German Defense Minister von der Leyen has talked to Iraqi bureaucrats n order to settle on how to carry on helping authorities in the nation. However, a discussion regarding the Bundeswehr’s position in the area could alleviate its pledge.

German Defense Minister reached Iraq on September 15 to talk about her nation’s aim to build up its military support agenda in the nation.

Von der Leyen stated that accompanying the “Islamic State” militant group’s military defeat in Iraq, it is time to progress with other attempts, comprising stabilization as well as rebuilding.

The minister stated that at the moment, it is significant to form and defend the modernization of the nation under a novel consent. Germany is all set to carry on aiding Iraq get back on its feet.

‘Other forms of engagement’

In the month February, she stated that the position of the Bundeswehr — Germany’s military — wanted to progress to meet the “needs of Iraq.”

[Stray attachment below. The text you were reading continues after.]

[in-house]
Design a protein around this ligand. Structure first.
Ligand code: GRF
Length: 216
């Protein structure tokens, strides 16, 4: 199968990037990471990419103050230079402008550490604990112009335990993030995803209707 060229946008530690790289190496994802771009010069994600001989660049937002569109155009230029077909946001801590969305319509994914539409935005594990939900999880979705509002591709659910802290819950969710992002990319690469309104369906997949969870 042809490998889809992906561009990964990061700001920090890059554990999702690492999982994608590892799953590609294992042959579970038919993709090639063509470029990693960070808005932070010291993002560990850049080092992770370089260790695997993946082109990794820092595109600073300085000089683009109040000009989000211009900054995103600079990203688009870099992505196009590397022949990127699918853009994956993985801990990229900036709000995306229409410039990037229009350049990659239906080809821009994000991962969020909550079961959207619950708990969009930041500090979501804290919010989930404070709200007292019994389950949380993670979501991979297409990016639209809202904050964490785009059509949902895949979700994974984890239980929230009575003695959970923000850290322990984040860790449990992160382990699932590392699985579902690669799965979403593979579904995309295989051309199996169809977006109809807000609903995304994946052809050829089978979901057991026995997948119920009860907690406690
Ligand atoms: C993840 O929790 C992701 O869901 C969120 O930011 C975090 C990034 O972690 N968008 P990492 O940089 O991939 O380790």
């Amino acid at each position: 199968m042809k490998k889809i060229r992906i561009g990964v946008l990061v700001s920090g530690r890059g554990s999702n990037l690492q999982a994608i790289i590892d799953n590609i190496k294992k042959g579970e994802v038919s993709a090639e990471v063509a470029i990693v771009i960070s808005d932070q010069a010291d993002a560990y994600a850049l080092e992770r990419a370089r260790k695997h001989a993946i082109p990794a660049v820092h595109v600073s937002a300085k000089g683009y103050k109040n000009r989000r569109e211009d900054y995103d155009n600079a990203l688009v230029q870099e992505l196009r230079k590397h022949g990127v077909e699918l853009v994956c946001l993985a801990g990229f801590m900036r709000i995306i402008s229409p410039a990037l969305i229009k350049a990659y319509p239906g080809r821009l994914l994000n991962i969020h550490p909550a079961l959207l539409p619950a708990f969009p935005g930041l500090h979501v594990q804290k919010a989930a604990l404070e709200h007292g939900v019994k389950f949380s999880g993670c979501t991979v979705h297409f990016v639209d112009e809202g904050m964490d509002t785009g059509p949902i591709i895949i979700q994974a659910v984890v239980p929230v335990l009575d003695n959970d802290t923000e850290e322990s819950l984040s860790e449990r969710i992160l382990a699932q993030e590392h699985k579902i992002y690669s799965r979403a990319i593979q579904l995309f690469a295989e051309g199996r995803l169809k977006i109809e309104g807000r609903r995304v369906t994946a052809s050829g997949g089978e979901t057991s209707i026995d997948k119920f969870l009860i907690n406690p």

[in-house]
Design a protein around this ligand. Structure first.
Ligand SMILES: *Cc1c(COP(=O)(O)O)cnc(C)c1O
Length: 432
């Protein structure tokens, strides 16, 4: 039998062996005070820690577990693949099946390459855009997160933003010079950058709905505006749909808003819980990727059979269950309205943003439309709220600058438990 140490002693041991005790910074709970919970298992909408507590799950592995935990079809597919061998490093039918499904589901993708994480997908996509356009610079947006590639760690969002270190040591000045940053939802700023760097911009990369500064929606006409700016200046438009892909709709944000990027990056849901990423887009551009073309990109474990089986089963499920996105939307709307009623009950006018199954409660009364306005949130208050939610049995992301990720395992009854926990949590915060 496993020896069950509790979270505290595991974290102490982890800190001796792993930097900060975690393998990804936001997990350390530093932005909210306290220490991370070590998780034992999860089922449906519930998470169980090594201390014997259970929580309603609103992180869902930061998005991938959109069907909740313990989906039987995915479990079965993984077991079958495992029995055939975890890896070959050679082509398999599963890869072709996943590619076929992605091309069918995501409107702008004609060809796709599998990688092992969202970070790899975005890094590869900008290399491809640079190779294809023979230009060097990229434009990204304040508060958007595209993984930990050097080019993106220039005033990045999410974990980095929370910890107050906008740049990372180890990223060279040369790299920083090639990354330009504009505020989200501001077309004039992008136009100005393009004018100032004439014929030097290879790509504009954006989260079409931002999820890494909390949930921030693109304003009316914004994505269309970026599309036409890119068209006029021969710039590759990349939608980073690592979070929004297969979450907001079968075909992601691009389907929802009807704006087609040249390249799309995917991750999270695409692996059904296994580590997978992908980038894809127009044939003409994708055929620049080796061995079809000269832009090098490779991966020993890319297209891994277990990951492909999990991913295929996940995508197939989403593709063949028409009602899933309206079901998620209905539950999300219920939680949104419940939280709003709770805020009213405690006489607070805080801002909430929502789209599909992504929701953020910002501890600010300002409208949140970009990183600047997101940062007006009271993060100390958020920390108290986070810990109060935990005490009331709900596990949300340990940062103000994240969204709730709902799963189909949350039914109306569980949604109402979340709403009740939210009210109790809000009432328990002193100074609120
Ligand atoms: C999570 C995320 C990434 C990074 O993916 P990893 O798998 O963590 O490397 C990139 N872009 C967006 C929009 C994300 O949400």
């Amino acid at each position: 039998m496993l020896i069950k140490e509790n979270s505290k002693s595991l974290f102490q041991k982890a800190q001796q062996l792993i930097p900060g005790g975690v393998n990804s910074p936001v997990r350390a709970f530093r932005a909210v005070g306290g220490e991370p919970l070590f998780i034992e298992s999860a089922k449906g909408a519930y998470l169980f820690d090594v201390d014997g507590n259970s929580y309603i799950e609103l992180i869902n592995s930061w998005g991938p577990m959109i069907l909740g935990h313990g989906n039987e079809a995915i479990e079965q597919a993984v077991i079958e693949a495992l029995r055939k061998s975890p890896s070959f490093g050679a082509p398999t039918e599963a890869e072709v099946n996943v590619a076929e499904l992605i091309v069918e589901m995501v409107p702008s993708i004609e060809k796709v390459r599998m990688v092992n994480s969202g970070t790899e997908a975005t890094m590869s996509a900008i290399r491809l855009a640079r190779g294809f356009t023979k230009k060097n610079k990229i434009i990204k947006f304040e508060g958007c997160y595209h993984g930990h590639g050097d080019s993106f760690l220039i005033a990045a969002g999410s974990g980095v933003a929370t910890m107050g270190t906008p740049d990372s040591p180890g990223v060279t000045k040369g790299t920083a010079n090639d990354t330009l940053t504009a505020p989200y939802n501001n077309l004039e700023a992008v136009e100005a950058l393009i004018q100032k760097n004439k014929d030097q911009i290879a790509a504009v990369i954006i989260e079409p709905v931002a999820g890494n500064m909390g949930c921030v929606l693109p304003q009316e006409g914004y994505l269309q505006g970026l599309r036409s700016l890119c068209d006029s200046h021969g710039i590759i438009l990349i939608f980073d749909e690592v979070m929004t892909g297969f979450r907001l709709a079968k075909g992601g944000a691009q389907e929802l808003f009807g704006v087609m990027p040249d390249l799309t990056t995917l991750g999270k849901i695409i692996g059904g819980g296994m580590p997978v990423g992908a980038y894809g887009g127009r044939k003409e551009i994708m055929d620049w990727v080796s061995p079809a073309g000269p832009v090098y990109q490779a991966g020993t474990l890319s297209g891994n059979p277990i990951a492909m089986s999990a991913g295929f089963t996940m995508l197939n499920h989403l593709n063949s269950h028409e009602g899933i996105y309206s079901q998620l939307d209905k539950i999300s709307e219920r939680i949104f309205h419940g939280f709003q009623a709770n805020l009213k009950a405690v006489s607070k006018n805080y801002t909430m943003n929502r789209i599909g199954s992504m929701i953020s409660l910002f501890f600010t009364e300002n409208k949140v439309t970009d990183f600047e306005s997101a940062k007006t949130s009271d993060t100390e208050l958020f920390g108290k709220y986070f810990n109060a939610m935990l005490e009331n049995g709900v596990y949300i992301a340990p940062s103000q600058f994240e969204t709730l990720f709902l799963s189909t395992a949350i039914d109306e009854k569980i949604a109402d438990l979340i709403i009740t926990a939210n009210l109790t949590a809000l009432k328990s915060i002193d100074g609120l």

At that time, Iraqi Prime Minister Haider al-Abadi stated Baghdad wished for a “pledge from Germany” for “other types of engagement,” comprising training and logistics.

Since the year 2014, Germany has offered Iraq with over €1 billion ($1.16 billion) in humanitarian and growth support, turning the Middle Eastern nation one of the major receivers of German foreign help.

Berlin also has around 150 troops placed in northern Iraq to teach Kurdish peshmerga and holds a pilot training program north of Baghdad.

Von der Leyen’s visit comes as Germany mulls a greater military role in the region. German Chancellor Angela Merkel during the last week hinted that Berlin should be all set to react if chemical weapons get utilized in war regions.

“To simply say we can look away if somewhere chemical weapons are being used and international conventions are not kept, that can’t be the answer,” Merkel stated.

Hannah Weber

Hannah Weber  is a seasoned journalist with nearly 10 years experience. While studying journalism at FernUniversität Hagen, Hannah found a passion for finding engaging stories.  As a contributor to Deutch News, Hannah mostly covers human interest pieces.

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